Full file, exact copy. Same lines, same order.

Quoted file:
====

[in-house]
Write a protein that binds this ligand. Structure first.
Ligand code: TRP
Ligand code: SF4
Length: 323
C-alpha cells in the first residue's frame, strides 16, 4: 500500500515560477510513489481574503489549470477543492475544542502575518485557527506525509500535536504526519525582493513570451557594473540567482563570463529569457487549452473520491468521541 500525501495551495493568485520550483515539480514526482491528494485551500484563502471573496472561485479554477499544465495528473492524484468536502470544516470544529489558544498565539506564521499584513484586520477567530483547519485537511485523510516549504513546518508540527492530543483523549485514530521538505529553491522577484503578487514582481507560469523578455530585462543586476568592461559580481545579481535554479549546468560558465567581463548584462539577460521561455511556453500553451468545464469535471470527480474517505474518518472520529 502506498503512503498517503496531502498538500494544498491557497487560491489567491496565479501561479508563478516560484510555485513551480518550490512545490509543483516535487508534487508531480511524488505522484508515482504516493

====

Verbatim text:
[in-house]
Write a protein that binds this ligand. Structure first.
Ligand code: TRP
Ligand code: SF4
Length: 323
C-alpha cells in the first residue's frame, strides 16, 4: 500500500515560477510513489481574503489549470477543492475544542502575518485557527506525509500535536504526519525582493513570451557594473540567482563570463529569457487549452473520491468521541 500525501495551495493568485520550483515539480514526482491528494485551500484563502471573496472561485479554477499544465495528473492524484468536502470544516470544529489558544498565539506564521499584513484586520477567530483547519485537511485523510516549504513546518508540527492530543483523549485514530521538505529553491522577484503578487514582481507560469523578455530585462543586476568592461559580481545579481535554479549546468560558465567581463548584462539577460521561455511556453500553451468545464469535471470527480474517505474518518472520529 502506498503512503498517503496531502498538500494544498491557497487560491489567491496565479501561479508563478516560484510555485513551480518550490512545490509543483516535487508534487508531480511524488505522484508515482504516493